Writing for The St. Louis American for 25 years, a reoccurring question from readers is how I come up with ideas for my column. That can be easily answered most weeks.
I am information junky, an avid reader, a political observer and a community organizer. I live in St. Louis. I live in the United States. I’m a global citizen. Based on these factors, I will never, ever run out of people, events, problems or opinions to write about. I am fascinated by human behavior in all its degradation and glory.
I remember one time a reader asked what issue I was going to tackle that week. I responded that I had no idea.
The reader believed that meant I was struggling to come up with a topic or that I had writer’s block. The block was first described in 1947 by psychoanalyst Edmund Bergler. It’s the condition writers experience when no ideas or no thoughts are forthcoming regardless how hard they try. The paralysis is real and can last hours or days – even years. Thinking I needed some help, it was suggested I use an old column.
The was not the case at all for me. I went on to clarify that I had several topics rolling around in my head and was having difficulty narrowing my focus. I promptly added that I would never recycle a column.
Here’s the typical thinking and writing process that unfolds. Something has happened, or I heard an interesting or provocative broadcast or personally experienced a situation. I always keep paper and pen in the car, by my bed or make notes in my smartphone. I think about the angle I want to explore or the important points I want my readers to know. I want to give them some actions steps because information should be motivating and empowering.
There are times when I take on a familiar or old topic but from different perspectives. For example, I probably wrote about the unsolved murder case of the headless child a few times. Each time I wanted to approach it in a unique way hoping to draw interest in the cold case that might lead to identification of the little Jane Doe. She had been raped and decapitated.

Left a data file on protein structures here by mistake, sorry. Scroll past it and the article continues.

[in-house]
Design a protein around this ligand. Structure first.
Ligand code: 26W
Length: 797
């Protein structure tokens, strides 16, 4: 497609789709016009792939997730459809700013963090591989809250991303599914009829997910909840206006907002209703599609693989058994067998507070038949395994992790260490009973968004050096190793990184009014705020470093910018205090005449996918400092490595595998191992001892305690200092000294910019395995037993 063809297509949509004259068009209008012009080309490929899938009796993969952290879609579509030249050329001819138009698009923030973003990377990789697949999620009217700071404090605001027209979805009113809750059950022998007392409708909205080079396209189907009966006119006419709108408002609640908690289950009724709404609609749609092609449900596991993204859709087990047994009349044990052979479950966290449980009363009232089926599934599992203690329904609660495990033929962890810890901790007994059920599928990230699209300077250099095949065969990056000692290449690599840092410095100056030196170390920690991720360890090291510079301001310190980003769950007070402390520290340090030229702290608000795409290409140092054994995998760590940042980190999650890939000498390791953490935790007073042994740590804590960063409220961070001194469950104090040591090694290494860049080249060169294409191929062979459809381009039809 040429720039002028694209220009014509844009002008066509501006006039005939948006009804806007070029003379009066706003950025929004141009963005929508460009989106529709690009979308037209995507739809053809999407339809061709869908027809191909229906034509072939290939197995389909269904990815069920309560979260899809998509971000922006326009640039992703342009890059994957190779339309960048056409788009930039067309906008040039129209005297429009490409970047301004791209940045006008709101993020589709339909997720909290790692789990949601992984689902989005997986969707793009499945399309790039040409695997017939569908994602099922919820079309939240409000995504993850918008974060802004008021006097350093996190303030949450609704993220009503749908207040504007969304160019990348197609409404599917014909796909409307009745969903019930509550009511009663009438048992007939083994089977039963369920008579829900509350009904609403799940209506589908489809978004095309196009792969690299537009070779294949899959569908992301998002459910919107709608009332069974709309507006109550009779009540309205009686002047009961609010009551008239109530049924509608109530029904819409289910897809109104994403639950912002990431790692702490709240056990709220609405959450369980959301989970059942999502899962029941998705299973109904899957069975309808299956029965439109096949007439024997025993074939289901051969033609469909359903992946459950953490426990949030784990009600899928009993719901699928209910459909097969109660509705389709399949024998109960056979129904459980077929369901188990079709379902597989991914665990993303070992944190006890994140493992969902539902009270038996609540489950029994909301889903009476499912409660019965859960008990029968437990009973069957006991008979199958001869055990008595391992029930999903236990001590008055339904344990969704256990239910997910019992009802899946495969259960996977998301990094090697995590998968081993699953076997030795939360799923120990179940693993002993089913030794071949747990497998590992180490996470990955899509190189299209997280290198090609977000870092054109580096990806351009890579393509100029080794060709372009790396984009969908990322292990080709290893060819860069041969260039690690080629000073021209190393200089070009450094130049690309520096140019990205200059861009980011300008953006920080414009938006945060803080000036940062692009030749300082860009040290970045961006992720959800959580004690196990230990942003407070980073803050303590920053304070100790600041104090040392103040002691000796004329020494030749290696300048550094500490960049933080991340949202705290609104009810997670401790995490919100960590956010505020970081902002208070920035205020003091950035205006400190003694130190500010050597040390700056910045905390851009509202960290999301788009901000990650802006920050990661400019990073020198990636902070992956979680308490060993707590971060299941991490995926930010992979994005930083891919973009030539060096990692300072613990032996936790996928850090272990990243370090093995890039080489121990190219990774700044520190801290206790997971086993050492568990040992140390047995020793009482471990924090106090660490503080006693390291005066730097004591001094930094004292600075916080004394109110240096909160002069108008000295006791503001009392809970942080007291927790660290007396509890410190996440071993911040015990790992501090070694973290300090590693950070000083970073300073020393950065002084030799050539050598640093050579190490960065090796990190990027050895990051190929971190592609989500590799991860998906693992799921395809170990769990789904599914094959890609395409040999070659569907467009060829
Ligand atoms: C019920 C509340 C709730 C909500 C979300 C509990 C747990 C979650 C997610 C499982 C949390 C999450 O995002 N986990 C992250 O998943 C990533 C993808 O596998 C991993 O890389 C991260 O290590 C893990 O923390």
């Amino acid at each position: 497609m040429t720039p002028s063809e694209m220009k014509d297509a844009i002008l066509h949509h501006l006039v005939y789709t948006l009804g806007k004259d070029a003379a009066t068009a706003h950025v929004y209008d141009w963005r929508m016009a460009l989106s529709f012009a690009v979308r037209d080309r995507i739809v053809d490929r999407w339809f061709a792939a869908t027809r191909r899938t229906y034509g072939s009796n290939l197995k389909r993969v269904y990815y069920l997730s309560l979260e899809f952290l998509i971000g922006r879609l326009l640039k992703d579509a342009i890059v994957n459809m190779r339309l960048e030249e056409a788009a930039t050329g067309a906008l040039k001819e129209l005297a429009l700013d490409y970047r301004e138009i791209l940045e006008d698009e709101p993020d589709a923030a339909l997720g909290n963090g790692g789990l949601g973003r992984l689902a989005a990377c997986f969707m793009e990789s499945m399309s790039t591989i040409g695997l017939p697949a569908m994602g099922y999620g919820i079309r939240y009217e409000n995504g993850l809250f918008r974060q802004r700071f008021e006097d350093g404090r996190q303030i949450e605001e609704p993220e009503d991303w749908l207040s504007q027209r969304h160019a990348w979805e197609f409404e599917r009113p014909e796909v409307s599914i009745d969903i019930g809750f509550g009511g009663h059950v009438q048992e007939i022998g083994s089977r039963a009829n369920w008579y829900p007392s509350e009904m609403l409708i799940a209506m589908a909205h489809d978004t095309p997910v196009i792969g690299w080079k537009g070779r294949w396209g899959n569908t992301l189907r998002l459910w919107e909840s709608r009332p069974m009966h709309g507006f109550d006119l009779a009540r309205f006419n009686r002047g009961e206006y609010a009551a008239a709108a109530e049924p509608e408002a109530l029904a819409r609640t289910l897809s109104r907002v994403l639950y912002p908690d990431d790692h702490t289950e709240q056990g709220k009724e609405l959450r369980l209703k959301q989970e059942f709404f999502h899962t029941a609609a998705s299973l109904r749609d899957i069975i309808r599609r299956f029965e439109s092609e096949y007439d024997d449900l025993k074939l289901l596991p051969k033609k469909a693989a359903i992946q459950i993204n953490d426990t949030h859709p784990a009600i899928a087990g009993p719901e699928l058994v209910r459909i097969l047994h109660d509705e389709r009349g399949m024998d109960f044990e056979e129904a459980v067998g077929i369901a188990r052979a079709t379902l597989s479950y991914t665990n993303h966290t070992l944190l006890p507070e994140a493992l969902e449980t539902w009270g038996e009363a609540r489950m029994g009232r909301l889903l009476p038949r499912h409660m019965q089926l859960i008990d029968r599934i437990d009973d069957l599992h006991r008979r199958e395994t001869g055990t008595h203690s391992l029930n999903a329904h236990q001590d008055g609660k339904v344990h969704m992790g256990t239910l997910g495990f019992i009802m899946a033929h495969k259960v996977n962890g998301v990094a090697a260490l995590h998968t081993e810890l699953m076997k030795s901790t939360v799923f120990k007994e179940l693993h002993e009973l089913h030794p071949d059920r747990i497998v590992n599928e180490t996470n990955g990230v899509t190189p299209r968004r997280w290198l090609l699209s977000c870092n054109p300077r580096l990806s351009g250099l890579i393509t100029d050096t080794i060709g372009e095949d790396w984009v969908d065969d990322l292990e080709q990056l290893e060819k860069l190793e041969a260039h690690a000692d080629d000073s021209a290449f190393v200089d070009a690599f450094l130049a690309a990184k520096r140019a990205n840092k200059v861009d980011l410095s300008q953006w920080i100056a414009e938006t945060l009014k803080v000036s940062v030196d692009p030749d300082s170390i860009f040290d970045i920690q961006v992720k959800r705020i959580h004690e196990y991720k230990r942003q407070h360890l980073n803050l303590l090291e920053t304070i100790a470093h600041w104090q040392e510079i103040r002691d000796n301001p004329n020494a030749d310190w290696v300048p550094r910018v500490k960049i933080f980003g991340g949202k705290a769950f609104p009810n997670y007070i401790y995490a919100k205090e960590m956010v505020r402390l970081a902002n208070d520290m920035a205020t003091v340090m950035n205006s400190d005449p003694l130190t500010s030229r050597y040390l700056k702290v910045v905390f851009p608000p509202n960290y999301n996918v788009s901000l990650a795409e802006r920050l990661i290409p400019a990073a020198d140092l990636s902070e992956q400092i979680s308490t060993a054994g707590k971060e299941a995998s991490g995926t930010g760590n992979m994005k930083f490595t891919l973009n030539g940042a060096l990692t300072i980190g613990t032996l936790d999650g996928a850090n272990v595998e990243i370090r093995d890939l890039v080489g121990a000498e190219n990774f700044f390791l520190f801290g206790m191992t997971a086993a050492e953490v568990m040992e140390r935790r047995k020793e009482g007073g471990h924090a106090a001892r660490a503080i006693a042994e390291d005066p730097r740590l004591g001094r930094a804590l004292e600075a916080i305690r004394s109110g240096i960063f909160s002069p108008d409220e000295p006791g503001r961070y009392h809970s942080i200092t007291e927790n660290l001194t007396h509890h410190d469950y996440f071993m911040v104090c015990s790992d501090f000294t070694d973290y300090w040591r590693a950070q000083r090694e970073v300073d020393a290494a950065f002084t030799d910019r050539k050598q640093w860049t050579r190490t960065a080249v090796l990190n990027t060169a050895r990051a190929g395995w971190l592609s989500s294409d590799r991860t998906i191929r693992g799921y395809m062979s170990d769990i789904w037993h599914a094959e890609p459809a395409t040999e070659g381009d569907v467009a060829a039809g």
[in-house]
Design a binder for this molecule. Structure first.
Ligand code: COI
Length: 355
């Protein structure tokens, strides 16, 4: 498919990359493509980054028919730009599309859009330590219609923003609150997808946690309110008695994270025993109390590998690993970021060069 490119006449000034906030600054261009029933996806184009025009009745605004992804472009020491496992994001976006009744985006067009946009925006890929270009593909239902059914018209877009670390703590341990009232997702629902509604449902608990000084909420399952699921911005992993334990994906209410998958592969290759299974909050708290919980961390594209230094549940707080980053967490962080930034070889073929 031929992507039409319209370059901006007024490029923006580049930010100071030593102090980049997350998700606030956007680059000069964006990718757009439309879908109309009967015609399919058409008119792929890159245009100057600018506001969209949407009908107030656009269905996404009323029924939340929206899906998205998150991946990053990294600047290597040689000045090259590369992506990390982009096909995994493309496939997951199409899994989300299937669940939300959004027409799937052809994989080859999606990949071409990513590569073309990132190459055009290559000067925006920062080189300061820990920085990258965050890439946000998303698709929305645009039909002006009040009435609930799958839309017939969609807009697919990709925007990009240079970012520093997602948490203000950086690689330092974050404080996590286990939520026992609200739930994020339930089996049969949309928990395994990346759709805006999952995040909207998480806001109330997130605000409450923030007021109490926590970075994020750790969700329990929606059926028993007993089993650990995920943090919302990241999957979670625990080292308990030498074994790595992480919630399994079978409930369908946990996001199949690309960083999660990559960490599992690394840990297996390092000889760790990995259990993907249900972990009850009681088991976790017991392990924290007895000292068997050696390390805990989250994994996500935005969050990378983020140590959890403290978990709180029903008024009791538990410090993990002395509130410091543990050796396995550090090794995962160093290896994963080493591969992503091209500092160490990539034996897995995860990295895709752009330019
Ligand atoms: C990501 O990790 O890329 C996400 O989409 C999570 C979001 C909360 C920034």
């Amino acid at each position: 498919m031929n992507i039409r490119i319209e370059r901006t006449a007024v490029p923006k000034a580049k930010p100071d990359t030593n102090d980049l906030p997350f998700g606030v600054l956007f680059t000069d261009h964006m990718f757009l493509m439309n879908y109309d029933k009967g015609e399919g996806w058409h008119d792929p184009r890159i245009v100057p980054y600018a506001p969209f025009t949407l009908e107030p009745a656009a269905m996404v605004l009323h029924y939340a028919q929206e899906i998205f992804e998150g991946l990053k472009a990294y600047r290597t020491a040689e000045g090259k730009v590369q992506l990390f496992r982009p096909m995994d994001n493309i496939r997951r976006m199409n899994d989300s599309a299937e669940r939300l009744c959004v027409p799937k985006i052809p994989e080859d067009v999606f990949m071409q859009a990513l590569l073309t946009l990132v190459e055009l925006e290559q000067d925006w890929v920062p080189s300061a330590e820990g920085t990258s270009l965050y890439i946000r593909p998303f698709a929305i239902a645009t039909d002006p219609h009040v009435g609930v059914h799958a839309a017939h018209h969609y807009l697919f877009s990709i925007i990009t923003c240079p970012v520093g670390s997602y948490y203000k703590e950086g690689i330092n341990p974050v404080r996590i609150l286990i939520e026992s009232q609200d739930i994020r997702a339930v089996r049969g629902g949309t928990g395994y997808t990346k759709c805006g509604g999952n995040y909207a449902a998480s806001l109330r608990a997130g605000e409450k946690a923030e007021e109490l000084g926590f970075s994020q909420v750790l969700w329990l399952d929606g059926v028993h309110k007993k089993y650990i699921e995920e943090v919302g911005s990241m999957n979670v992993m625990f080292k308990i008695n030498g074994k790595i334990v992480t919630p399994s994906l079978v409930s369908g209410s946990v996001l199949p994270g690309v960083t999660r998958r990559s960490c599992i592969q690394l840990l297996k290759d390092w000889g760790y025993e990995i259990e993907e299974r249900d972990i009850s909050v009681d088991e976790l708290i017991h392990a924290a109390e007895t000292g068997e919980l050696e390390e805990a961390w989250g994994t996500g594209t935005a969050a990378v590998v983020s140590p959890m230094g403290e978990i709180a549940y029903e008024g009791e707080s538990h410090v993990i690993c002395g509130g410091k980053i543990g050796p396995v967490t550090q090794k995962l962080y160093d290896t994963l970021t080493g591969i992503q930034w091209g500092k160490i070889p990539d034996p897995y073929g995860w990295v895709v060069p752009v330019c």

One of those columns was titled “A Tale of Two Cities,” where I compared similar cases of headless children in St. Louis and Kansas City. The 1983 St. Louis case remains unsolved, plagued by evidence blunders and little outcry from the community.
In K.C., a concerned community raised funds for a reward for its Precious Doe and ultimately a memorial. It kept up enough pressure that eventually led to the identity and details of the 2001 case. Three-year-old Ericka Green was killed and dismembered by her drug-crazed parents.
How the two communities dealt with their tragic murders remains a source of curiosity to me to this day. Writing about issues like this also helps me to lighten a heavy heart. It motivates me to work harder for peace and justice in my community.
I also write about anniversary events like the Dred and Harriet Scott case or the Dr. Martin Luther King Jr. birthday and assassination dates. I have reviewed books and movies. I have dived into cases like that of the mysterious murder of St. Louis native LaVena Johnson while serving in the U.S. Army. I have written about scores of miscarriages of justice in our courts.
Although I maintain I’m no journalist, I traveled to New Orleans in the aftermath of Hurricane Katrina. Through my Katrina Notebook in 2005, I gave personal account of what I saw. I continued to travel to New Orleans over the next five years to bear witness to the desperation and triumph of Gulf Coast survivors.
There are times when I tackle topics I’m unfamiliar with but believe that both my readers and I should better understand, like the Great Recession of 2008 and related issues like derivatives, sub-prime mortgages and default swaps. For these columns, I had to do lots of research and talked with friends who had a better grasp of market economy than me. I felt it was important to know how the recession was impacting our families and their futures.
Mainly I write about what I know, what I’m fighting for with others and what I think about the situation. I have written about many issues and the many facets of those issues. There’s so much more to write about in our ever-changing world. You’ll know what I think and just as important, I really want to know what you think.